I want to integrate $$\int_0^\infty \dfrac{\log t}{1+t^2}\,\mathrm dt$$ using the residue theorem. The poles are at $i,-i$. If the integral were from $-\infty$ to $\infty$, I would consider integrating along the semicircle with large radius $R$ and centered at the origin. But here it is from $0$ to $\infty$. What contour would be good to integrate along, if any?

  • $\begingroup$ maybe a wedge... $\endgroup$ – oldrinb Nov 3 '13 at 6:19

You can use a keyhole contour about the positive real axis, but you would consider the contour integral

$$\oint_C dz \frac{\log^2{z}}{1+z^2}$$

where $C$ is the above described keyhole contour. The integrals over the large and small arcs about the origin vanish as the respective radii go to infinity and zero. Thus, we have that the above contour integral is equal to

$$\int_0^{\infty} dx \frac{\log^2{x}-(\log{x}+i 2 \pi)^2}{1+x^2} = -i 4 \pi \int_0^{\infty} dx \frac{\log{x}}{1+x^2}+4 \pi^2 \int_0^{\infty} dx \frac{1}{1+x^2}$$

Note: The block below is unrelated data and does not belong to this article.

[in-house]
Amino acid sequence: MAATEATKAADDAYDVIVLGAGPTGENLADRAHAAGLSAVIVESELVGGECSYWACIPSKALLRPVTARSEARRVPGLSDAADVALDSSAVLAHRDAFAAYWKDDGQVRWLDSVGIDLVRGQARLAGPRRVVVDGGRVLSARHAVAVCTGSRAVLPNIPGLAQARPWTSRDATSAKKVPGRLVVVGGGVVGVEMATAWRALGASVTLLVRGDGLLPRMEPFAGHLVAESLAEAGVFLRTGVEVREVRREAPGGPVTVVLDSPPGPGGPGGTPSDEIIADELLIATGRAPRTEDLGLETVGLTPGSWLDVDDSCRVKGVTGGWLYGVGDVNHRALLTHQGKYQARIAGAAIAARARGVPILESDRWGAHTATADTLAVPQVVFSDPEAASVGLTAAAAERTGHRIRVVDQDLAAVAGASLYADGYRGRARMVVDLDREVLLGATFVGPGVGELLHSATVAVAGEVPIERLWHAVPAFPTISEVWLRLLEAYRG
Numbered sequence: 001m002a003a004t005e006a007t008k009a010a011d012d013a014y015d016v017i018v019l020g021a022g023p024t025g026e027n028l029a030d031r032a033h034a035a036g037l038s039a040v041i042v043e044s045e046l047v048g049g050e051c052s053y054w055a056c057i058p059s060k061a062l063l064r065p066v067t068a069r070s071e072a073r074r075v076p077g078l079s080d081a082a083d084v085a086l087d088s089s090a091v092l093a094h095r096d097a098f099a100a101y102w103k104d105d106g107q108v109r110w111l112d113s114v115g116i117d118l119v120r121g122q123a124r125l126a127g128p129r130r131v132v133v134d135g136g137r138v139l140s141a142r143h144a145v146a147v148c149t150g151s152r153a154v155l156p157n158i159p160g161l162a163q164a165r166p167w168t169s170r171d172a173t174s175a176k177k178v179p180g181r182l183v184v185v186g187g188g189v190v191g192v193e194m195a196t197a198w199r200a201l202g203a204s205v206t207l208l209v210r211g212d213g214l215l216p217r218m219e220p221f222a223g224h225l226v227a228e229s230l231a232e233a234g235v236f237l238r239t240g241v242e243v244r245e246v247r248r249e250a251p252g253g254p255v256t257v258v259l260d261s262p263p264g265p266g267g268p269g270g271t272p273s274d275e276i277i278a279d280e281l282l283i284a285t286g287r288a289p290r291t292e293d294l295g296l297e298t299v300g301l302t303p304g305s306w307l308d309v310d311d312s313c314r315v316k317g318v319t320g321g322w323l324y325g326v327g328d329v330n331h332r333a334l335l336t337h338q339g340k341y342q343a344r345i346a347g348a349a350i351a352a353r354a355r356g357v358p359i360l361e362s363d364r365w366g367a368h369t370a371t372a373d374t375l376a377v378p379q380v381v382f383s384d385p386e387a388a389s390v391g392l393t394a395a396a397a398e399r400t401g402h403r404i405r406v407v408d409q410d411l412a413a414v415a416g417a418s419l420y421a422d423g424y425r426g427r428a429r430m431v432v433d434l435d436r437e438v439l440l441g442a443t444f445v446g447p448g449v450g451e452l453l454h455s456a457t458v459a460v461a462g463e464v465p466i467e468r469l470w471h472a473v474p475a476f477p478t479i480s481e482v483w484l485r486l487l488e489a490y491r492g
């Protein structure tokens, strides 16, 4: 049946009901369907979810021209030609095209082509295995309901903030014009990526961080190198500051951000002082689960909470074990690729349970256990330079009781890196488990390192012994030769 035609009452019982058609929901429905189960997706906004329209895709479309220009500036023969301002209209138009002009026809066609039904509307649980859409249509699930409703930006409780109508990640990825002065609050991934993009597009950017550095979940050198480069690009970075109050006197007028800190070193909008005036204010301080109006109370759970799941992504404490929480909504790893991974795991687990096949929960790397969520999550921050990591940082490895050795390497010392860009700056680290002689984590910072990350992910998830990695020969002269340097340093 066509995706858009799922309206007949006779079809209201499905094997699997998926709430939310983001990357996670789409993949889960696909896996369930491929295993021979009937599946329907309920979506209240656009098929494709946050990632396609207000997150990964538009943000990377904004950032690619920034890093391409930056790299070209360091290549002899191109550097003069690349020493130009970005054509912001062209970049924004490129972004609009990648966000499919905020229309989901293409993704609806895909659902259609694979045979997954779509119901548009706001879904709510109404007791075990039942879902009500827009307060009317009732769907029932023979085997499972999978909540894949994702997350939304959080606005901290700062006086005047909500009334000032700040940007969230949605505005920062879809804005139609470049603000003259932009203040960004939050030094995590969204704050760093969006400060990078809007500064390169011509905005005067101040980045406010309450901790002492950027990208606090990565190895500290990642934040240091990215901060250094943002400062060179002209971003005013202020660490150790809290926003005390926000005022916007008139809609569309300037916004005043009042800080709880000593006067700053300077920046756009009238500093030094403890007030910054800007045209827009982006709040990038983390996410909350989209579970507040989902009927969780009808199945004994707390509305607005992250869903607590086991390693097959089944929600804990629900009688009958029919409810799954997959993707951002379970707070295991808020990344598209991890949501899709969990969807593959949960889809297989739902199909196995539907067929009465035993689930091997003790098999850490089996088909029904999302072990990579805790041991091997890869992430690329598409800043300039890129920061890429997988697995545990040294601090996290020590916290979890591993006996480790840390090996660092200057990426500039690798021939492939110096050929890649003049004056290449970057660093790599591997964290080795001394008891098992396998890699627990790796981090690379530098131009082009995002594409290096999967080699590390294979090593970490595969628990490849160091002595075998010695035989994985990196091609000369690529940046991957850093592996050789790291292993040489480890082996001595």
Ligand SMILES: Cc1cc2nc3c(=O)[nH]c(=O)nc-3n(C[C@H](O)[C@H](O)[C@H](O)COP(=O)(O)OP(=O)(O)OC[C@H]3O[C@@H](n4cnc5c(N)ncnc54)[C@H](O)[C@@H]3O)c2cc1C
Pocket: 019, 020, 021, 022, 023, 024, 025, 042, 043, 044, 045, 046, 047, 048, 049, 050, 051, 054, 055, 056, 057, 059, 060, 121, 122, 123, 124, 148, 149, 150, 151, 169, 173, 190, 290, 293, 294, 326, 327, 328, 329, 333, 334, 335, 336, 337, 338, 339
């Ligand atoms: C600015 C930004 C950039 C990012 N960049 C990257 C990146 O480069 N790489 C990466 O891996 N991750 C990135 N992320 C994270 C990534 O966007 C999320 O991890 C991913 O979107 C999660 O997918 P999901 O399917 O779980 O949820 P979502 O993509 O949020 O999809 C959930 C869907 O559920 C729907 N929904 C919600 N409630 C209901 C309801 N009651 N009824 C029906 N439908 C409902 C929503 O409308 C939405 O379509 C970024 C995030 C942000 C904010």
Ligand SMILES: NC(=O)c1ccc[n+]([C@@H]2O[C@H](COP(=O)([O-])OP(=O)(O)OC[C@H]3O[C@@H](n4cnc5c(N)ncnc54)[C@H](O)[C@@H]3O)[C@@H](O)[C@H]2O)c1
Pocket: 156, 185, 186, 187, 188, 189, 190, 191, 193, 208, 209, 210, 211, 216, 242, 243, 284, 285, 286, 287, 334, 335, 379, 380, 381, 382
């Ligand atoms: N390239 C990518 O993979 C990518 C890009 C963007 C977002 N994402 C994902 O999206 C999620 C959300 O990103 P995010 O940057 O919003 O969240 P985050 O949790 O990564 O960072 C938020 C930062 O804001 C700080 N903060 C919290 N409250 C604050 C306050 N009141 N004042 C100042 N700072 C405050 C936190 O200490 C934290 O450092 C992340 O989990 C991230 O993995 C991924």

This contour integral is also equal to $i 2 \pi$ times the sum of the residues at the poles $z=e^{i \pi/2}$ and $z=e^{i 3 \pi/2}$:

$$\frac{i 2 \pi}{i 2} \left ( -\frac{\pi^2}{4} +\frac{9 \pi^2}{4}\right ) = 2 \pi^3$$

Setting the above two expressions equal to each other, you can show that the desired integral is zero.

  • $\begingroup$ Thanks, but I'm confused where the expression $\int_0^{\infty} dx \frac{\log^2{x}-(\log{x}+i 2 \pi)^2}{1+x^2}$ comes from. $\endgroup$ – Mika H. Nov 3 '13 at 6:50
  • $\begingroup$ From the multivaluedness of the log. Going back along the real axis, $z=x e^{i 2 \pi}$. $\endgroup$ – Ron Gordon Nov 3 '13 at 6:57
  • $\begingroup$ Actually, for the small arc over the origin, the $\log$ value is large in magnitude. Why does the integral vanish there? $\endgroup$ – Mika H. Nov 3 '13 at 16:19
  • $\begingroup$ Because $\lim_{x\to 0} x \log{x}=0$. $\endgroup$ – Ron Gordon Nov 3 '13 at 16:30

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